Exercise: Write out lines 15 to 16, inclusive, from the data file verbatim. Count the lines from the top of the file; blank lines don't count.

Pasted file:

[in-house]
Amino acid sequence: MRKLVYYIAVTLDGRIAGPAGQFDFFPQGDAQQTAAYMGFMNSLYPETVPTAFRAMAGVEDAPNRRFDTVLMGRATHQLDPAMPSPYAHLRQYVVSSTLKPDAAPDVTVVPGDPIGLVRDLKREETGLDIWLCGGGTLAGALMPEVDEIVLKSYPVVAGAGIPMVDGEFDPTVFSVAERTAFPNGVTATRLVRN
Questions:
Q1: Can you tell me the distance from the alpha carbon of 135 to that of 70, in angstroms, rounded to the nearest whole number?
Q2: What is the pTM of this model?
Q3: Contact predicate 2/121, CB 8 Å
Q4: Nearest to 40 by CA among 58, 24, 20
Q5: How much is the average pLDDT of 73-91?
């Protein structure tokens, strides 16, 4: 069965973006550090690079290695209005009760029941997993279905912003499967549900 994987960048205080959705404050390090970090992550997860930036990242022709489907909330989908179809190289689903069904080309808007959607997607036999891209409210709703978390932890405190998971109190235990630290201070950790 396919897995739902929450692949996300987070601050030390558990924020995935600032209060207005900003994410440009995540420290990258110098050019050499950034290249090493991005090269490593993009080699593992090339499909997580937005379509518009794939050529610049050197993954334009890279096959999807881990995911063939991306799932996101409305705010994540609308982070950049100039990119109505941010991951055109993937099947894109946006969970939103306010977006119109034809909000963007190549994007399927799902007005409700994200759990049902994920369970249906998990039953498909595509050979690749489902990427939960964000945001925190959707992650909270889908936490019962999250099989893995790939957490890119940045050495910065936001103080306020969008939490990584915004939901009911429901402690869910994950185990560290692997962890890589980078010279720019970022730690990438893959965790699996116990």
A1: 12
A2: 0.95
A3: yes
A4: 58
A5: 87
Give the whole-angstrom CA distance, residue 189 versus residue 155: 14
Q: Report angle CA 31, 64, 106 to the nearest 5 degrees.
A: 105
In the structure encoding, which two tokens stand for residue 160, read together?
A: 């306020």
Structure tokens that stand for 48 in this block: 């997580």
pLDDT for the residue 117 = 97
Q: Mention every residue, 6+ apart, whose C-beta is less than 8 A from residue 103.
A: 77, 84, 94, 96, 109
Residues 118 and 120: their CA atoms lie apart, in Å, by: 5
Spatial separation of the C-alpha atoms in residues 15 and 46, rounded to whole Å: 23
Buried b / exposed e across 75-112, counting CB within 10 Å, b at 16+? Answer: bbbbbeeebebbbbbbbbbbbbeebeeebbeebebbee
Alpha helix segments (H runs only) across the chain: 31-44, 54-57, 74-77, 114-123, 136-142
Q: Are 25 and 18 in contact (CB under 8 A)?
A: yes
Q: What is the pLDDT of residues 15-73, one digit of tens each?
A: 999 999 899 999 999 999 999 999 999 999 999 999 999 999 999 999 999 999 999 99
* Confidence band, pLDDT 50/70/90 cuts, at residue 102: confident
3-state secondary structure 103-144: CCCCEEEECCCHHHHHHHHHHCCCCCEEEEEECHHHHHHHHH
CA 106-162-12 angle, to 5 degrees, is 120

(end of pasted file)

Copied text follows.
Give the whole-angstrom CA distance, residue 189 versus residue 155: 14
Q: Report angle CA 31, 64, 106 to the nearest 5 degrees.